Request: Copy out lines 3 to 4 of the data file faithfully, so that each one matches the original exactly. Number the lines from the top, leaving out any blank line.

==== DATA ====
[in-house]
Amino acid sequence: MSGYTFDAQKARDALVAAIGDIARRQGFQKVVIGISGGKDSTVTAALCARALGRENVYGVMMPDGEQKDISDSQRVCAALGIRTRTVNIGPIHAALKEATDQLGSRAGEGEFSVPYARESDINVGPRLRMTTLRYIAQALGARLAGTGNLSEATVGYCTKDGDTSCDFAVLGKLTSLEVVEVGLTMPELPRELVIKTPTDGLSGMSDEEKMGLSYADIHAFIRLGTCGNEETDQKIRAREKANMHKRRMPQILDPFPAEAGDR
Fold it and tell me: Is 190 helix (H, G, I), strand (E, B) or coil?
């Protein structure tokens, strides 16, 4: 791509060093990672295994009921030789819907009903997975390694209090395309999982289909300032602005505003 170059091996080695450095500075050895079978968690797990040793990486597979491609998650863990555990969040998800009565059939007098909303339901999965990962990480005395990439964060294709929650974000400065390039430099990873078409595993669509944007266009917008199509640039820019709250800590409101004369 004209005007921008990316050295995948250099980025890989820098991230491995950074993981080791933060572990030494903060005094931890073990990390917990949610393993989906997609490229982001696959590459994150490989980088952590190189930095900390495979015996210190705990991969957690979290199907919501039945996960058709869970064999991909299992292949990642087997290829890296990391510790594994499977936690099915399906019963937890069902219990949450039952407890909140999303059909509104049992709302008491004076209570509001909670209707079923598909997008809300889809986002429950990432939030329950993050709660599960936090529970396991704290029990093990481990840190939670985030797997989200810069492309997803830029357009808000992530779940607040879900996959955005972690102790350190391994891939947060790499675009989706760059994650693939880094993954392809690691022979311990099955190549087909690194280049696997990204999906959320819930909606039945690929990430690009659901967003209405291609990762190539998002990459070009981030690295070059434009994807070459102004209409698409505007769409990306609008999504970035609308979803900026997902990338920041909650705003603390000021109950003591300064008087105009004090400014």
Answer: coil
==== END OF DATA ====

Fold it and tell me: Is 190 helix (H, G, I), strand (E, B) or coil?
């Protein structure tokens, strides 16, 4: 791509060093990672295994009921030789819907009903997975390694209090395309999982289909300032602005505003 170059091996080695450095500075050895079978968690797990040793990486597979491609998650863990555990969040998800009565059939007098909303339901999965990962990480005395990439964060294709929650974000400065390039430099990873078409595993669509944007266009917008199509640039820019709250800590409101004369 004209005007921008990316050295995948250099980025890989820098991230491995950074993981080791933060572990030494903060005094931890073990990390917990949610393993989906997609490229982001696959590459994150490989980088952590190189930095900390495979015996210190705990991969957690979290199907919501039945996960058709869970064999991909299992292949990642087997290829890296990391510790594994499977936690099915399906019963937890069902219990949450039952407890909140999303059909509104049992709302008491004076209570509001909670209707079923598909997008809300889809986002429950990432939030329950993050709660599960936090529970396991704290029990093990481990840190939670985030797997989200810069492309997803830029357009808000992530779940607040879900996959955005972690102790350190391994891939947060790499675009989706760059994650693939880094993954392809690691022979311990099955190549087909690194280049696997990204999906959320819930909606039945690929990430690009659901967003209405291609990762190539998002990459070009981030690295070059434009994807070459102004209409698409505007769409990306609008999504970035609308979803900026997902990338920041909650705003603390000021109950003591300064008087105009004090400014």